Guilt-Innocence

In his first and second points of error, appellant contends that his confession was erroneously admitted into evidence because it was an inadmissible, tainted fruit of both his illegal arrest and an ensuing illegal search and seizure.[21] We will first address his allegation that his statements were an inadmissible fruit of his illegal arrest. Appellant raised this identical argument in his first appeal of this case, which we resolved against him in Bell v. State, 724 S.W.2d 780 (Tex.Cr.App.1986). We held that although appellant's warrantless arrest was illegal because there were no exigent circumstances, his confession was properly admissible for Fourth Amendment purposes because it was taken after the taint from his illegal arrest was removed. Id. at 786-787, 791-792.

Under the doctrine of the law of the case, when a court of last resort has determined questions of law on a prior appeal, those determinations will generally govern a case throughout all of its subsequent stages. Penry, 903 S.W.2d at 746-747. As appellant acknowledges, none of the facts surrounding the confession has changed since this Court ruled on the legality of the confession during appellant's first appeal.[22]Satterwhite v. State, 858 S.W.2d 412, 430 (Tex.Cr.App.), cert. denied, 510 U.S. 970, 114 S. Ct. 455, 126 L. Ed. 2d 387 (1993). Moreover, the Court's analysis, which was based on the Brown factors regarding attenuation of taint after an illegal warrantless arrest, is still legally valid.[23]See Banda v. State, 890 S.W.2d 42, 68 (1994), cert. denied, ___ U.S. ___, 115 S. Ct. 2253, 132 L. Ed. 2d 260 (1995); Johnson v. State, 871 S.W.2d 744, 750-751 (1994); Boyle v. State, 820 S.W.2d 122, 130-131 (1989), cert. denied, 503 U.S. 921, 112 S. Ct. 1297, 117 L. Ed. 2d 520 (1992).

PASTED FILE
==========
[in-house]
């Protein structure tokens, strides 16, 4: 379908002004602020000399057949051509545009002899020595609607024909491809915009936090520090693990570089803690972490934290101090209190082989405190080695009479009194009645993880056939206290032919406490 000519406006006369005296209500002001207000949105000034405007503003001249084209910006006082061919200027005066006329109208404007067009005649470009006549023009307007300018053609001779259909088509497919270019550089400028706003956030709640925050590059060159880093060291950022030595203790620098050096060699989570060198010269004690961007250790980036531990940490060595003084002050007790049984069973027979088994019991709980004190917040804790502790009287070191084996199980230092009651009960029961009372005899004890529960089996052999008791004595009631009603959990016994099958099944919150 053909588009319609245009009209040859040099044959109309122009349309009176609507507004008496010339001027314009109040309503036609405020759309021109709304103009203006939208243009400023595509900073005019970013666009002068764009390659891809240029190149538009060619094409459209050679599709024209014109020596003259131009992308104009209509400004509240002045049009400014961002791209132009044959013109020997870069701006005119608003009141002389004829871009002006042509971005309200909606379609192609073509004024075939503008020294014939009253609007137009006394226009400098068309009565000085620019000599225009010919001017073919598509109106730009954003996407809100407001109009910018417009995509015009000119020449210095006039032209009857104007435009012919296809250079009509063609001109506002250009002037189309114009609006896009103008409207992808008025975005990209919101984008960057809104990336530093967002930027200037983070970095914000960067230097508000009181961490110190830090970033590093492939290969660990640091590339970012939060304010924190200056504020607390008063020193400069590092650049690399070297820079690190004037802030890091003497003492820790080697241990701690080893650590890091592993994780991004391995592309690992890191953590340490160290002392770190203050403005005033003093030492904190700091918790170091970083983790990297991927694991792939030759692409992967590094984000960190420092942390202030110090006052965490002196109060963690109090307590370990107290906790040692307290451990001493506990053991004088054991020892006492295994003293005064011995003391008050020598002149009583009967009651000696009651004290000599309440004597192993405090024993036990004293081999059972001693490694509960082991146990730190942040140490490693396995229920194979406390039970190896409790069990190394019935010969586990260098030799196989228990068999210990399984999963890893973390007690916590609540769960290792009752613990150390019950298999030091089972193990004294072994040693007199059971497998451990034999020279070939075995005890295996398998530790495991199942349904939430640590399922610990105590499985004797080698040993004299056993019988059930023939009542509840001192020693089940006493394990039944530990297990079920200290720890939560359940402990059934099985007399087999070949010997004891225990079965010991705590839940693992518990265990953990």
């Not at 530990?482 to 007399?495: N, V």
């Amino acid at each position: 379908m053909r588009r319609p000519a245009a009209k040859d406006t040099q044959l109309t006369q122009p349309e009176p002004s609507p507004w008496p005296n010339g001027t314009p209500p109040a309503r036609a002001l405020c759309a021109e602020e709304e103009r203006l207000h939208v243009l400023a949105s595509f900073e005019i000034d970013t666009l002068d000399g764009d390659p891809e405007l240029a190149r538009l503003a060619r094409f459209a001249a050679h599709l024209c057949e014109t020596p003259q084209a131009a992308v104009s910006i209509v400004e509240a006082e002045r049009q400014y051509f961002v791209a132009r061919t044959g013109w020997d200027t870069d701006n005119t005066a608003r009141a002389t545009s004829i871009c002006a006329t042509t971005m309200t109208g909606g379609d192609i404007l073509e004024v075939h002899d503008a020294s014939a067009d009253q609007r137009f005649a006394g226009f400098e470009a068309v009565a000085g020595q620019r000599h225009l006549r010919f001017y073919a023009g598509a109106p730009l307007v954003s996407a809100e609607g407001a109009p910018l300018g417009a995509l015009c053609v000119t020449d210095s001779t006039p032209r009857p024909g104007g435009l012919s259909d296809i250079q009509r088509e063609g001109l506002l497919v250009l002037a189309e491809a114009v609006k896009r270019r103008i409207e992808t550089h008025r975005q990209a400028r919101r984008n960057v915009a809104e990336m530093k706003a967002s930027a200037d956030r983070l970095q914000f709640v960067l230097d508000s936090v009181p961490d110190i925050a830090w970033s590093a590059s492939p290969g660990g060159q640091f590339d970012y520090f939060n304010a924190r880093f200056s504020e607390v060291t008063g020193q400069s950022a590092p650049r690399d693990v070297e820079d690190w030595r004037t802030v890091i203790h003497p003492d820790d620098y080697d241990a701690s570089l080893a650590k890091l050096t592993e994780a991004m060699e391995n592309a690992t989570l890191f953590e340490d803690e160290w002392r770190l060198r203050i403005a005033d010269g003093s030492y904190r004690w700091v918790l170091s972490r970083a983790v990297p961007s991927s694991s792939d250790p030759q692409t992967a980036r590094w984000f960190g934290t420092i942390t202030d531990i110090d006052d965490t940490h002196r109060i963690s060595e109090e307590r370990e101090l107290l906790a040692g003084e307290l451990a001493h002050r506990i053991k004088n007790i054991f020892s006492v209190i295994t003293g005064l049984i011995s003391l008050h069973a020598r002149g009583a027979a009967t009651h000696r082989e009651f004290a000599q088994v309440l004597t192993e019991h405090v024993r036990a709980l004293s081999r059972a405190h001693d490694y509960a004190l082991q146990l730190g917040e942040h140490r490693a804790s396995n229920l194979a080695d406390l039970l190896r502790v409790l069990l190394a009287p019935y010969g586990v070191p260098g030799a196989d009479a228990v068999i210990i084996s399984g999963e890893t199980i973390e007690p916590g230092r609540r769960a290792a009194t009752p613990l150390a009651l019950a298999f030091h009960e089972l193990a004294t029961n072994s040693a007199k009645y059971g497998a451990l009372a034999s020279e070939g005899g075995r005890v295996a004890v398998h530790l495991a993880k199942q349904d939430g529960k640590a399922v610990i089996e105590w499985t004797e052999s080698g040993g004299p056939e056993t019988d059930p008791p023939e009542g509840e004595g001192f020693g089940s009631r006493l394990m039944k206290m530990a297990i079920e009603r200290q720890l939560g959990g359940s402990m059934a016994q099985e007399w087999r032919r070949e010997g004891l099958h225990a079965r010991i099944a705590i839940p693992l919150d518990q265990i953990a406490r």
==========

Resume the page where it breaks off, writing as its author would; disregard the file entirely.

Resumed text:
Appellant argues, however, that as a tainted fruit of an illegal search and seizure, his confession was erroneously admitted into evidence at the instant trial. He contends that this Court improperly applied its taint analysis in determining the admissibility of his confession, because we only addressed the ramifications of his illegal arrest and failed to take into account the effects of the allegedly illegal search and seizure. But at *48 both trials, appellant limited his objections to the issue of his illegal arrest only and the effect of that arrest on his confession. Appellant now raises the issue of a possibly illegal search and seizure, for the first time, in his brief on appeal. Appellant has not preserved this claim because he failed to raise it at either trial. See Tex.R.App.Proc. 52(a). We overrule appellant's first and second points of error.

In his third point of error, appellant argues that the trial court erroneously refused to instruct the jury under Article 38.23, which states:

(a) No evidence obtained by an officer or other person in violation of any provisions of the Constitution or laws of the State of Texas, or of the Constitution or laws of the United States of America, shall be admitted in evidence against the accused on the trial of any criminal case. In any case where the legal evidence raises an issue hereunder, the jury shall be instructed that if it believes, or has a reasonable doubt, that the evidence was obtained in violation of the provisions of this Article, then and in such event, the jury shall disregard any such evidence so obtained.